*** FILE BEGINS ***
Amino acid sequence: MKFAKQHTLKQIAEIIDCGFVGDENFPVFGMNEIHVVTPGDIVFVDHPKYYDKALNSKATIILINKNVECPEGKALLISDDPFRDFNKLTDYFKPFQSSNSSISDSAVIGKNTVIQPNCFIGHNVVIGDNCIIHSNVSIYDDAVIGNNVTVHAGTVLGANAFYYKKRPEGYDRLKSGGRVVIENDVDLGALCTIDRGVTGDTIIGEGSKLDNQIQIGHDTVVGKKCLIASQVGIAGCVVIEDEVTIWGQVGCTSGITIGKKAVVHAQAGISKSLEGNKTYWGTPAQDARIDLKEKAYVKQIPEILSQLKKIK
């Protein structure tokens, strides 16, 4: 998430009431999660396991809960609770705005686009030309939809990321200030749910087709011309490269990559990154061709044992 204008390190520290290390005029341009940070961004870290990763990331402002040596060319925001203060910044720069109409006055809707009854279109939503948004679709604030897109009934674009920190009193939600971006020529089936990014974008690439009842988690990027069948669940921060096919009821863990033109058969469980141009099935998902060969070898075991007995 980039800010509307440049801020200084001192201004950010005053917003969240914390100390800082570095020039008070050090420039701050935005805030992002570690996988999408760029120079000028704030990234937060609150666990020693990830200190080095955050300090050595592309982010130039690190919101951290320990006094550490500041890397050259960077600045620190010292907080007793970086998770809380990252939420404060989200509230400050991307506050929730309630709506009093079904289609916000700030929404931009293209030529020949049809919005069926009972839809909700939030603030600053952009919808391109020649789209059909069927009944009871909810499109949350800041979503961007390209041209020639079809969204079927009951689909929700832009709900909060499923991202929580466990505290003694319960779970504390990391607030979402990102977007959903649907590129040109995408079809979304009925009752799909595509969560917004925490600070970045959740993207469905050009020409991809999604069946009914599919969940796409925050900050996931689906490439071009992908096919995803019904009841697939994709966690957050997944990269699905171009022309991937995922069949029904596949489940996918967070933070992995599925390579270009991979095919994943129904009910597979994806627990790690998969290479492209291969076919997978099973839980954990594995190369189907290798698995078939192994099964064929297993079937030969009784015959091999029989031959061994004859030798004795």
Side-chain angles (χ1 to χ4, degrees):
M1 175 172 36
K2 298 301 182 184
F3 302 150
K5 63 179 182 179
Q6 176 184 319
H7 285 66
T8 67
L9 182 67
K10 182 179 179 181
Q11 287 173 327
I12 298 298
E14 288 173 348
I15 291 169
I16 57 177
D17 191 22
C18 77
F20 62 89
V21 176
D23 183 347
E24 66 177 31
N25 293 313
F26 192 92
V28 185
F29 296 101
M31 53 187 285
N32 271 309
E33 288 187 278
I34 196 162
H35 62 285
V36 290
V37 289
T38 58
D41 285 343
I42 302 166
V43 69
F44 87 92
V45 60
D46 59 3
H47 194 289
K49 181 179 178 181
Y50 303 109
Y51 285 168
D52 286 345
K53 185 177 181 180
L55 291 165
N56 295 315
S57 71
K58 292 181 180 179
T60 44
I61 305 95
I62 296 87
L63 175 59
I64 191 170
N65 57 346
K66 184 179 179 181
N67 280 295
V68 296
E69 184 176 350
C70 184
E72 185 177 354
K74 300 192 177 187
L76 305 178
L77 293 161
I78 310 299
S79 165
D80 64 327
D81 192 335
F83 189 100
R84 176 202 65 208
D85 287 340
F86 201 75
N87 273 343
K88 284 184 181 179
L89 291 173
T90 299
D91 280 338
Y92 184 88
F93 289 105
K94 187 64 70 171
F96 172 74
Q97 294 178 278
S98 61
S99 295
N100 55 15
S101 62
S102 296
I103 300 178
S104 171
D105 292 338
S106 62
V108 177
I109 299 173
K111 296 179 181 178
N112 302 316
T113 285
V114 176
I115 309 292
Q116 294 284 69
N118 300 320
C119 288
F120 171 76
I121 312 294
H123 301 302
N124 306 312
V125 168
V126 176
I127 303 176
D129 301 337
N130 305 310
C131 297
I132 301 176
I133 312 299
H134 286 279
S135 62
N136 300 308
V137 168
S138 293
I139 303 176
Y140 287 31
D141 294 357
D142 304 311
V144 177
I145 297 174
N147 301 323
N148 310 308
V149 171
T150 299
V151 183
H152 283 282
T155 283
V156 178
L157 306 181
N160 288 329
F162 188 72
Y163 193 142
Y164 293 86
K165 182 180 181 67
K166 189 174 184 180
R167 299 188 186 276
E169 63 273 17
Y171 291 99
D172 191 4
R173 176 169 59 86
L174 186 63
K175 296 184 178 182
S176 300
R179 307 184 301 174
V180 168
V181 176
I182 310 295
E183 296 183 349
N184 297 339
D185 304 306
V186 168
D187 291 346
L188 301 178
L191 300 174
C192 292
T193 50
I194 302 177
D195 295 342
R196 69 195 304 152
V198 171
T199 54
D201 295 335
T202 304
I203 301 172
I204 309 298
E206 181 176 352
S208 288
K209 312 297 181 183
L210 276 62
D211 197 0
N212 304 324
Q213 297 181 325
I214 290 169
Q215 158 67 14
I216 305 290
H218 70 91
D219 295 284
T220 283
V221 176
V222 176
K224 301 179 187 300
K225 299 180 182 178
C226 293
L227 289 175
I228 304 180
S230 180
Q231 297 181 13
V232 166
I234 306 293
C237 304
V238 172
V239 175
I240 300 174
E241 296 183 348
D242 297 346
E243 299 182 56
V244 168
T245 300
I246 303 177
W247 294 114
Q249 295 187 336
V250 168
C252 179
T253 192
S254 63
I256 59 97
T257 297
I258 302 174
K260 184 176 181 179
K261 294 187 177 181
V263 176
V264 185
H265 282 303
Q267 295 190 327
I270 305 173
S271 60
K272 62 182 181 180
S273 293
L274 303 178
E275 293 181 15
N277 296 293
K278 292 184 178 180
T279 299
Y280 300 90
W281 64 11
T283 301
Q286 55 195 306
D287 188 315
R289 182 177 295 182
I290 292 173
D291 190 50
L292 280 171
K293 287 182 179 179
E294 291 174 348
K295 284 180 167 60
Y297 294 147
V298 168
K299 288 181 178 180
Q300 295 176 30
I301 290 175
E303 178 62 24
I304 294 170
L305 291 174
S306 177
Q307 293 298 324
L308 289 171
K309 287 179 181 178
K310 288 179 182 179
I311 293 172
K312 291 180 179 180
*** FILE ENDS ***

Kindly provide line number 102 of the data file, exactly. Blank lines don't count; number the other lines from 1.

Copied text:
N118 300 320